When applying Scrum to a product with more than one Development Team, Scrum Guide guidance is almost entirely focused on a single-team Scrum. This is all you have to go on:
Many Scrum Teams often work on the same product. One Product Backlog describes upcoming work on the product. Some Product Backlog attributes might then be used.
In multi-team environments, we are advised to use a single Product Backlog. The Product Owner, Development Team, and Scrum Master are all only referred to as “multiple Scrum Teams”.
How do you determine priorities? If we follow the Scrum Guide literally, there could be more than one Product Owner working on each product, or the same person for all the products.
“Multiple Scrum Teams” versus “Multi-Team Scrum.”
Many Scrum Teams
There are multiple Scrum Teams, each with their own Product Owner, but only one Product Backlog. If two people serve as Product Owner for different projects, then they must coordinate their priorities and identify the most valuable items to work on for the product.
Sometimes, this looks like having specialised Development Teams, where different teams focus on functional product areas only. As long as the workload for each of the specialist topics is distributed evenly across the different teams, this works well. In that case, one team might have to work on lower-priority, and therefore lower-value, work for the product because that is their specialty.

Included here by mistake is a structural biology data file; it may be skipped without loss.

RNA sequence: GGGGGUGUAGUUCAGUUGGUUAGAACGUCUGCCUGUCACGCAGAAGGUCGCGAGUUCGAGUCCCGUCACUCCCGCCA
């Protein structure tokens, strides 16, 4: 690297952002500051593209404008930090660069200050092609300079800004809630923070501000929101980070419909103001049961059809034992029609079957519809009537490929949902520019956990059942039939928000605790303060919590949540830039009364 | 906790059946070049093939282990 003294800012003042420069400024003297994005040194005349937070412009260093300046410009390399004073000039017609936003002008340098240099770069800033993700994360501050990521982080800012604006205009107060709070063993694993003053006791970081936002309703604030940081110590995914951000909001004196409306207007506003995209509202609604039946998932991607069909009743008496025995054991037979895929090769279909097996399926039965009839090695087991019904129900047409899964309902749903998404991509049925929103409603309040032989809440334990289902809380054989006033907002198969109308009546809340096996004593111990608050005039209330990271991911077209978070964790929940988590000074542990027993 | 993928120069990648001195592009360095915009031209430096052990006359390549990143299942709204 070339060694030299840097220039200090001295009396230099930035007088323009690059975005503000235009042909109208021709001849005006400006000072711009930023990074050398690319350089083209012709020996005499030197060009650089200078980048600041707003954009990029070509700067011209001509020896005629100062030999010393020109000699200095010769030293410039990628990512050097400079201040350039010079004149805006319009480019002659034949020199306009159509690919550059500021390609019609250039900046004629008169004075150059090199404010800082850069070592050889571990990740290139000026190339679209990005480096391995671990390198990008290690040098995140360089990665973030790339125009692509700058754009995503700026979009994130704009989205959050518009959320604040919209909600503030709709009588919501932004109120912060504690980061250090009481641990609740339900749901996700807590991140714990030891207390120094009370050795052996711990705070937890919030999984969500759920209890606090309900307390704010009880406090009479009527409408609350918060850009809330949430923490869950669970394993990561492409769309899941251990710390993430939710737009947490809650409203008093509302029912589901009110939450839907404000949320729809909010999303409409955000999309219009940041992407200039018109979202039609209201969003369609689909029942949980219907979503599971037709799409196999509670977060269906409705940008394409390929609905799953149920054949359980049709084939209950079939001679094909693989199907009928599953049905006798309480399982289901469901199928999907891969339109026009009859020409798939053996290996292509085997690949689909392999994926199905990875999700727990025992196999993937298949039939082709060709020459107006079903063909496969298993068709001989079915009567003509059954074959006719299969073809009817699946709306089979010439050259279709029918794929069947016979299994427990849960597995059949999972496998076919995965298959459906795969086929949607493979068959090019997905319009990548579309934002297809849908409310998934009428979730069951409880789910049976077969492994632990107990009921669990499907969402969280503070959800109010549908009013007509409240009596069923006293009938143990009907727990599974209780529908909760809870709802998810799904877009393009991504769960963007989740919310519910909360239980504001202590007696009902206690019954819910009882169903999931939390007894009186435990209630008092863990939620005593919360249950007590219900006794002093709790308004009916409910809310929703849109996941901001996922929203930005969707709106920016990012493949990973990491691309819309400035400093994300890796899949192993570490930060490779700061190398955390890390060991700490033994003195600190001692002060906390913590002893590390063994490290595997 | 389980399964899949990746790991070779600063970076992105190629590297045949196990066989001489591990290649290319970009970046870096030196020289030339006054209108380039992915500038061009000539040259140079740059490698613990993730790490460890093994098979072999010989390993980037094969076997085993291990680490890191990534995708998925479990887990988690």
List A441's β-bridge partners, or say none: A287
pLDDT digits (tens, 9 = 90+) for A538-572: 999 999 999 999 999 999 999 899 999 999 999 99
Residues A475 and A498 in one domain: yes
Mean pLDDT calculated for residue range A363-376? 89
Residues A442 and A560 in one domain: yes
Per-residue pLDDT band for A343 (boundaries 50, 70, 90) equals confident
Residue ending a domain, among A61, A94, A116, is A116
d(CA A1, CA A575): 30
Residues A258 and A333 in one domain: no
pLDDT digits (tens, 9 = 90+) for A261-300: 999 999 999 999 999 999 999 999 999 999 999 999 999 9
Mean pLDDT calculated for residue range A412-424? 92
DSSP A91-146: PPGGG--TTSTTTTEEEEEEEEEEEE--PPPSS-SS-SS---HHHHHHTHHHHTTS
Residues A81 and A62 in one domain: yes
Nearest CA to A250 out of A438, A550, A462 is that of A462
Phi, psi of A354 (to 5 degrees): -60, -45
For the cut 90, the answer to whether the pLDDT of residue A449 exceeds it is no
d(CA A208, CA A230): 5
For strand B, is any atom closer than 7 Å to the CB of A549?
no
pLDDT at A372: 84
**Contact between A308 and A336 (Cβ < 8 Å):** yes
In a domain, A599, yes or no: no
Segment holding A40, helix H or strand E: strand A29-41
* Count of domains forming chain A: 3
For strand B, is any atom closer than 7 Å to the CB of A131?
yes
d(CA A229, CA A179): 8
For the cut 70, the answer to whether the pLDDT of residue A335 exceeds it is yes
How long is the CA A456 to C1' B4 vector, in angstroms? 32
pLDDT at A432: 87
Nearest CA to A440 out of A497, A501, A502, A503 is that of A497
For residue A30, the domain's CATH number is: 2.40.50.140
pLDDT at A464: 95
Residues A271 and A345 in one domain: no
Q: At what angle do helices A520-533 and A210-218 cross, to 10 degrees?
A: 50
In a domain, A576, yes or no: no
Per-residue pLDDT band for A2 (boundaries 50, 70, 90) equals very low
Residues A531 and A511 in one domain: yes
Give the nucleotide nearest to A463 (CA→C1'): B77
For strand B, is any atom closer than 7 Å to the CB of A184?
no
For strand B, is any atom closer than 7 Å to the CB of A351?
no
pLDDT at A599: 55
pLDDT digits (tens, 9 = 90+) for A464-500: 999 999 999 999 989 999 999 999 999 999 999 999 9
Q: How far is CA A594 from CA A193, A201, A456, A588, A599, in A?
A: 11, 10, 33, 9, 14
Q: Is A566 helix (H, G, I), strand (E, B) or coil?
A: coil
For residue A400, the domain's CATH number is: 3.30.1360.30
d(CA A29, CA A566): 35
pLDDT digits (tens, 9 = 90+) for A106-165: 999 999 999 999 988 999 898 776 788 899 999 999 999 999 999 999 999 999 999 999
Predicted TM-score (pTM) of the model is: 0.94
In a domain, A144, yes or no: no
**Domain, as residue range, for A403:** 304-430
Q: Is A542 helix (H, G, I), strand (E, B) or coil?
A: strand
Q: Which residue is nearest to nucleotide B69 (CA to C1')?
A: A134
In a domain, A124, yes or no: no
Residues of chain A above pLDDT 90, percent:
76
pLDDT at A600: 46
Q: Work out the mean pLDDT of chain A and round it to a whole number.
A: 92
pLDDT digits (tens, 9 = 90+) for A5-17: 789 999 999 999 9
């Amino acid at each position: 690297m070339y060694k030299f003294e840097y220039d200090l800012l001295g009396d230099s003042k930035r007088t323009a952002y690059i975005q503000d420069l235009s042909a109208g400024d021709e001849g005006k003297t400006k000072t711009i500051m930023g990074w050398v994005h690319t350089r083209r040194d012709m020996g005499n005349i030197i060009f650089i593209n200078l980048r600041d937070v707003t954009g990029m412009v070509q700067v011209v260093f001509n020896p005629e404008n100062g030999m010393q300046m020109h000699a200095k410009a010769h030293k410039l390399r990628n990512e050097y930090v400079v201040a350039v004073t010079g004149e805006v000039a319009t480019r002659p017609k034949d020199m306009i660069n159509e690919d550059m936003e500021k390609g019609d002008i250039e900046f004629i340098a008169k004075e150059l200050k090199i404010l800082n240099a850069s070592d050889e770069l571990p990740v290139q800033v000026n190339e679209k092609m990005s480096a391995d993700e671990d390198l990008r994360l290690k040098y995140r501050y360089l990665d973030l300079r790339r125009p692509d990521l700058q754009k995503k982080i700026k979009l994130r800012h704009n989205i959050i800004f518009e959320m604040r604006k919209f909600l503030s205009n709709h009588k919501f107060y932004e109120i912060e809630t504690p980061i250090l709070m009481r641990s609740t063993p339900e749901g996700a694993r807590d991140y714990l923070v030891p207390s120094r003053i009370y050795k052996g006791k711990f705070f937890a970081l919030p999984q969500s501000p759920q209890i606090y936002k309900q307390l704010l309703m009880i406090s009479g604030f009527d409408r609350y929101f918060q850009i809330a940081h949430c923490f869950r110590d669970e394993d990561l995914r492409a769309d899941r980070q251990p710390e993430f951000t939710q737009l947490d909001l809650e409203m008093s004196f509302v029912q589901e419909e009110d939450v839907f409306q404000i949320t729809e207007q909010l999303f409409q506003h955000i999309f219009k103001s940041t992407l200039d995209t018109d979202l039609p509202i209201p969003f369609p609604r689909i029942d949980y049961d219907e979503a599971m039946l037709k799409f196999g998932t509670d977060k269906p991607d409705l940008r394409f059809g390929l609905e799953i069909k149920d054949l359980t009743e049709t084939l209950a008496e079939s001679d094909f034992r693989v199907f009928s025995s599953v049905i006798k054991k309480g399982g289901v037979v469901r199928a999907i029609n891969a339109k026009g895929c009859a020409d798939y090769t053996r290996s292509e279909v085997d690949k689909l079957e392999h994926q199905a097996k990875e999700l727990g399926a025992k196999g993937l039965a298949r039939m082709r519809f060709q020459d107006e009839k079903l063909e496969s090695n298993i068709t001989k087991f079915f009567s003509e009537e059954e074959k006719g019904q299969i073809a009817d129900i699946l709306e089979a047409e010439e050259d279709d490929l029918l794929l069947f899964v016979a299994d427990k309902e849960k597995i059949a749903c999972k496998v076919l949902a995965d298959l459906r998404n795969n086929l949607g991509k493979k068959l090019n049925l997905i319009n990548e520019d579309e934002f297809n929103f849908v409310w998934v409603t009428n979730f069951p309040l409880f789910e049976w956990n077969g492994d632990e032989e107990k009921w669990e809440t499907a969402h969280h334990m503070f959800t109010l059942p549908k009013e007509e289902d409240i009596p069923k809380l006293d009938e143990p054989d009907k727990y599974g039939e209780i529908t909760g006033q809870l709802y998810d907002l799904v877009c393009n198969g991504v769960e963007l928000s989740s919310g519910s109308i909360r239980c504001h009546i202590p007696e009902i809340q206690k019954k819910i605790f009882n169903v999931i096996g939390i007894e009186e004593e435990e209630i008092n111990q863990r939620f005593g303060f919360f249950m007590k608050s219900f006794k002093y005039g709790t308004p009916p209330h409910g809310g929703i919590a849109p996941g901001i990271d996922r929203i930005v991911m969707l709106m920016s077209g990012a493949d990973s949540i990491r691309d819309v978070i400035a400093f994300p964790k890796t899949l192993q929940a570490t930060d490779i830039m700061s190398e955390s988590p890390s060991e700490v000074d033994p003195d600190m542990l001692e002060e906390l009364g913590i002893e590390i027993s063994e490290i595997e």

This system lowers the product’s transparency and usefulness. Additionally, the in-depth knowledge about the product is split across Scrum Teams, and even across Product Owners. The coordination required is greatest after the various features have finished development. Unfortunately, “Multiple Scrum Teams” has little effect on inter-team collaboration, since the setup produces too much coordination overhead.
MTS ( Multi Team Scrum)
A “Multi-Team Scrum” uses a single Product Backlog, but multiple Development Teams all report to the same Product Owner. The Product Owner only makes decisions that apply to the entire product and are transparent to the entire team.
Each team must collaborate across functional boundaries. Priorities and demands will begin to shift, causing specialisation in the customer domain to dissolve. For example, one team working on accounting features must switch gears and work on another type of feature if accounting features have been cut from the Product Backlog.
Because of this setting, coordination with the teams is required. Every Sprint, they must make sure they deliver an integrated product Increment.
As you begin, it may result in a steep learning curve. It is worthwhile.
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